The oil injectors were opened up more, after they removed lead from the gasoline -- no lead substitutes needed (no one will ride behind you, due to the blue cloud it spews -- cough, choke!).  It had a unique sound, which always warned us that he was near home -- great sound, low rumble, quite unique, always knew it was him, only one of its kind I've ever heard.  It had a really long wheel base, which made it great for two-up touring -- his 1982 Suzuki GS1100 barely had the same room!  He had a Vetter Windjammer on it, and it really helped in touring, but it also sucked some power due to resistance.  A quart of 2-cycle oil lasted around 1,000 miles; had a window on the right side cover (oil tank) to check the oil level.  Kick-start only, points system (OEM sucked...  he switched it to some type of car points system).  It vibrated severely -- put foam grips on it, if you get it.  They're reliable, if taken care of, and they can be quite fun to ride.  They rode it all over, many thousands of touring miles, him with a group of buddies, and both parents, alone.  It was a real work-horse, back in the day.

If you get a chance to test ride it, do it.  They're a legend from back in the day, and there are not many left.  Enjoy it for what it is, a piece of history that has a lot of smiles left in it.  Cheers!
1979 CB750K (sold, 2012, but not forgotten)
1983 Kawasaki 440 LTD Belt Drive (sold, 2011)
1993 Kawasaki Voyager XII
Reply | Threaded
Open this post in threaded view
|

Re: $3,000 brand-new motorcycle...

shinyribs
Administrator
Thank you sir!

The bike I'm looking at is a fixer-upper so no test rides available. It has run,but not been started in a couple of years. A good buddy of mine has it and he's completely trustworthy.That's the only reason I'm really considering it.Parts are plentiful and cheap.The one I'm looking at is complete minus the seat.The pan is solid but it needs foam and a cover. I can pick it up ,titled,for $300. He has 4 of these bikes and another he's cafe'ing at the moment. More of an ARHMA bike actually. It's had some professional porting done,reed valve mods and he had a really nice set of expansion chambers built for it. It's a real runner! Lucky me,I can use his engine as a template for the mods if I choose to go that route.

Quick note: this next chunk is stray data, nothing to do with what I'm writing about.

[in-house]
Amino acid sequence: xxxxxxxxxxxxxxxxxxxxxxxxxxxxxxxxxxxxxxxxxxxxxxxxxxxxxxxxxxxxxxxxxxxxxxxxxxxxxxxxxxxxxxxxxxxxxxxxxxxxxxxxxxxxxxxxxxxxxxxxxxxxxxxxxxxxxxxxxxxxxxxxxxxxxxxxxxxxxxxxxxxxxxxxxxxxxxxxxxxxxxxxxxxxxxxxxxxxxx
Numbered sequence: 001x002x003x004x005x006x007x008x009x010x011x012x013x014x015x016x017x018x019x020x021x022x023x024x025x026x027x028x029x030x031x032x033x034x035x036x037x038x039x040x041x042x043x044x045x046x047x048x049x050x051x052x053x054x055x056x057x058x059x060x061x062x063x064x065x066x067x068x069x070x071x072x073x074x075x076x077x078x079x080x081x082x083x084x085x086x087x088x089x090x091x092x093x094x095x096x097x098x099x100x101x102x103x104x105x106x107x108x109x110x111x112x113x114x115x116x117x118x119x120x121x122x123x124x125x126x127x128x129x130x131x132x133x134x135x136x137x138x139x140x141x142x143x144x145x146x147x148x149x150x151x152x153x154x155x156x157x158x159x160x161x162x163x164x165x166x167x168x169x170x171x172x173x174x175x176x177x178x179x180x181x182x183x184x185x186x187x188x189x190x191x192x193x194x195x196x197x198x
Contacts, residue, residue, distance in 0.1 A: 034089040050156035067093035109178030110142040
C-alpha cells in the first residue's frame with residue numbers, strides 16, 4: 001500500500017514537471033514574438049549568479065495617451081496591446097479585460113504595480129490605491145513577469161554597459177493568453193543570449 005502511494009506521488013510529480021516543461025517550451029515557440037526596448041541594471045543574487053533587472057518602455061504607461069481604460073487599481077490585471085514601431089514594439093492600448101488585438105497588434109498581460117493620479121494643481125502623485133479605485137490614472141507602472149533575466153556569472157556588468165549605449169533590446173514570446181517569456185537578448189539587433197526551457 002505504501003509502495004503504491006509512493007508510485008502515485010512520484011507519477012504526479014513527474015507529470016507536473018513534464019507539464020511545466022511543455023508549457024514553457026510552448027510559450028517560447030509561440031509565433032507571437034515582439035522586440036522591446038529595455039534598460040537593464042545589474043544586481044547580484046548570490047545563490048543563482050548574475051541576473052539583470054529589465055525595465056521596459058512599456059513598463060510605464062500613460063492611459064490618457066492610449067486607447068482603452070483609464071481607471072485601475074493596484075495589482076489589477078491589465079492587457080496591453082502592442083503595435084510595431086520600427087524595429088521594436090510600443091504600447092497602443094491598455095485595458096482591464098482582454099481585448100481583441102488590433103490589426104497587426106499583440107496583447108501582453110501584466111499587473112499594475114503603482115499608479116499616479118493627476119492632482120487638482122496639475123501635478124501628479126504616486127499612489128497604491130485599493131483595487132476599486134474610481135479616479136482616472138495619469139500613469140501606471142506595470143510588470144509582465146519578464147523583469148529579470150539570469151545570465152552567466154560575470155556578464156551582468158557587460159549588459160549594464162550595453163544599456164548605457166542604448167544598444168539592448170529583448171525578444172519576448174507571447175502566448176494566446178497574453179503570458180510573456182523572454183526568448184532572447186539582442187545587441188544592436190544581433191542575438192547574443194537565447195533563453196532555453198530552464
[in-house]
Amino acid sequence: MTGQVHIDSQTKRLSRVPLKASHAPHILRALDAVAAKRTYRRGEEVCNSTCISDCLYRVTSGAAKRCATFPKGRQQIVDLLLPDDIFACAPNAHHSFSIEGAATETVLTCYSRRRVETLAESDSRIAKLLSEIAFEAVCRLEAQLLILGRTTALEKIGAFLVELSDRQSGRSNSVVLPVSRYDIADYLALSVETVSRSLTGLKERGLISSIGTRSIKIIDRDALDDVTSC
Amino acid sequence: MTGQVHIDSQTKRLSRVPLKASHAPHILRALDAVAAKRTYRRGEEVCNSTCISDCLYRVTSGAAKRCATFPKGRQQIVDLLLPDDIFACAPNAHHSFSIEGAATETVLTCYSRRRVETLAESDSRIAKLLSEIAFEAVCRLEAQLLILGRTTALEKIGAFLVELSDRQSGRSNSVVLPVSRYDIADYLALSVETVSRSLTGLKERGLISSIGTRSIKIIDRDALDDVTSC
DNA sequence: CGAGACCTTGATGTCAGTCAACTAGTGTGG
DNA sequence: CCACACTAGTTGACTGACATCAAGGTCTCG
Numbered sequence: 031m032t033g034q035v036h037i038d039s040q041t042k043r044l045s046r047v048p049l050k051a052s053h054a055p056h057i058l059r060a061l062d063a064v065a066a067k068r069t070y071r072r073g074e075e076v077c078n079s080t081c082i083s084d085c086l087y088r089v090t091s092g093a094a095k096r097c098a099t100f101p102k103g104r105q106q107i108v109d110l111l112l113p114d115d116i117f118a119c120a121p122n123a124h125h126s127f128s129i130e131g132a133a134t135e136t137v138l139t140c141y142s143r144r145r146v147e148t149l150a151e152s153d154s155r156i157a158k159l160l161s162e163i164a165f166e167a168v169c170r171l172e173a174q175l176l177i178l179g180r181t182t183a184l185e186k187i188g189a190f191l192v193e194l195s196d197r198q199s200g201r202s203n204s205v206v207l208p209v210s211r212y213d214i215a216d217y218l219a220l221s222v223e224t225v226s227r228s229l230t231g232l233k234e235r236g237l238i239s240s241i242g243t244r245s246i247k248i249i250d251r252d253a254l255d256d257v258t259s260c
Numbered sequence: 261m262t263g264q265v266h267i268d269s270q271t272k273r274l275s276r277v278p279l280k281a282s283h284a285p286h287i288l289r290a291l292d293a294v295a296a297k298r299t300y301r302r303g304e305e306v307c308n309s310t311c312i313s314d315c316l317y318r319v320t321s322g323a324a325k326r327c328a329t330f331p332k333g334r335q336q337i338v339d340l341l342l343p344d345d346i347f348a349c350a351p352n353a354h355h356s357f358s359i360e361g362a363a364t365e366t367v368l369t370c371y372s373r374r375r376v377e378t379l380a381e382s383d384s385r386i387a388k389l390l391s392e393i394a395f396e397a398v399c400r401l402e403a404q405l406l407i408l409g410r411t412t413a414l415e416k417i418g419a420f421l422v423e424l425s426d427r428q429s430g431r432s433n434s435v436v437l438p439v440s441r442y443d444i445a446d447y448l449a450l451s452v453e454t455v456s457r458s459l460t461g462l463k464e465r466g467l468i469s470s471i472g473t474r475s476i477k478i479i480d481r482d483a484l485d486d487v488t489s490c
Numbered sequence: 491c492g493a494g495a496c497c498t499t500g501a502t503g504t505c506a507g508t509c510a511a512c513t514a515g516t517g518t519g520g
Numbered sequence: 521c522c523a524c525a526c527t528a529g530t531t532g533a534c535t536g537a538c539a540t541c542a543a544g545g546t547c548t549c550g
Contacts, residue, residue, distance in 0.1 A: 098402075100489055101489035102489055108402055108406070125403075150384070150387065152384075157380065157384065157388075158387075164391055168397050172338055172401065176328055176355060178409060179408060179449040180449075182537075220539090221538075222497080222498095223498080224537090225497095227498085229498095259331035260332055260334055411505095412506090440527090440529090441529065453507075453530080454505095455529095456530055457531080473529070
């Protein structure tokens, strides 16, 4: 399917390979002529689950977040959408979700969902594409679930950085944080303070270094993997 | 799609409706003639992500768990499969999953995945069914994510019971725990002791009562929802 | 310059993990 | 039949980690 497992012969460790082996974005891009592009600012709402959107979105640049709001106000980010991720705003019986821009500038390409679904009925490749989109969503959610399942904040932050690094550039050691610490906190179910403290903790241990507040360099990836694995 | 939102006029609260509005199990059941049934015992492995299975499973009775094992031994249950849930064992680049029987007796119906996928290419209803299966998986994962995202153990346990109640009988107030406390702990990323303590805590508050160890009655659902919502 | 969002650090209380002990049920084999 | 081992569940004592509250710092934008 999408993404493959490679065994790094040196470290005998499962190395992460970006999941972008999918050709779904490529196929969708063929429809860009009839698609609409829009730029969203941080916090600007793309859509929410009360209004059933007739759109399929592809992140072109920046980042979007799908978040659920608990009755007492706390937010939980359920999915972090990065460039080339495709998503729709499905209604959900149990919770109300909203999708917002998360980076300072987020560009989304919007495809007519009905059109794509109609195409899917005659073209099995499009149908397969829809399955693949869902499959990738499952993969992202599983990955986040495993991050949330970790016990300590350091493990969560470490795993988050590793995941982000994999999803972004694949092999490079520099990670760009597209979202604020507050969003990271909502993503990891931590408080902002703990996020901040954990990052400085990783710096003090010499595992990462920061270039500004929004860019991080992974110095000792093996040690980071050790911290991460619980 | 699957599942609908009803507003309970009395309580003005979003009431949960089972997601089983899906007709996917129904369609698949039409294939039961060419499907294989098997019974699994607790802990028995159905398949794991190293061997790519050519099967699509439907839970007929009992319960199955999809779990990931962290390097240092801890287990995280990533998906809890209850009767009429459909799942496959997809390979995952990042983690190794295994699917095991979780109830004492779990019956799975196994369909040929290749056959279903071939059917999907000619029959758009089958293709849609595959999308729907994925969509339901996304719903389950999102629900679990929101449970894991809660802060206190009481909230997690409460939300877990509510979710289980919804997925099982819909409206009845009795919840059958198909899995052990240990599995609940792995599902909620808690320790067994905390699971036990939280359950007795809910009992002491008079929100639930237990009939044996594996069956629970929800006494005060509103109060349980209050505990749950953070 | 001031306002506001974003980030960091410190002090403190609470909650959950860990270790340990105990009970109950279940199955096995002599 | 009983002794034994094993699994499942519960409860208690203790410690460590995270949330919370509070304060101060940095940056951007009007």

I won't lie,the vibes has me kinda turned off. I knew any 2 smoker would vibrate,but the more I think about it the less I think I would be happy wit it. Where I live dictates a 20 mile highway drive just to get anywhere. I'm pretty spoiled to my Honda and that would probably just peeve me to no end.

Who knows,it might be fun,though. I really love the sound of a two stroke.They just sound angry!I'll just have to play it by ear.

Thanks for the great info. I really appreciate that!
Reply | Threaded
Open this post in threaded view
|

Re: $3,000 brand-new motorcycle...

seestheday
This post was updated on .
In reply to this post by shinyribs
Ya, but the Japanese fixed that issue fast.  Same thing with Korean cars.  This has been a problem with Chinese vehicles for a loooong time.

I don't know how long this was written, but it seems that it still applies:  http://www.dansmc.com/china_bikes.htm

Some interesting points in that.  Like - if your carbs don't work, don't look for a rebuild kit, just buy a whole new set of carbs because they're really cheap.

I did a little searching and there does seem to be some community support for chinese bikes now, which is a good thing.  Based on my limited search though it was nothing like the support there is for the CB750 (SOHC or DOHC).

A lot of the time, when I read about people fixing these chinese bikes, it's often people giving advice on how to get other widely available parts to fit or work with them.  E.g. Keihin jets often fit within the lifan carbs, but not always, you may need to mod them...
1981 CB750K with 900 cams
90K KM's, rebuilt head, rebuilt carbs, upgraded valve stem seals

My wife's recipe website that I'm trying to help promote: Strawberries for supper. Yes, I am a lucky man.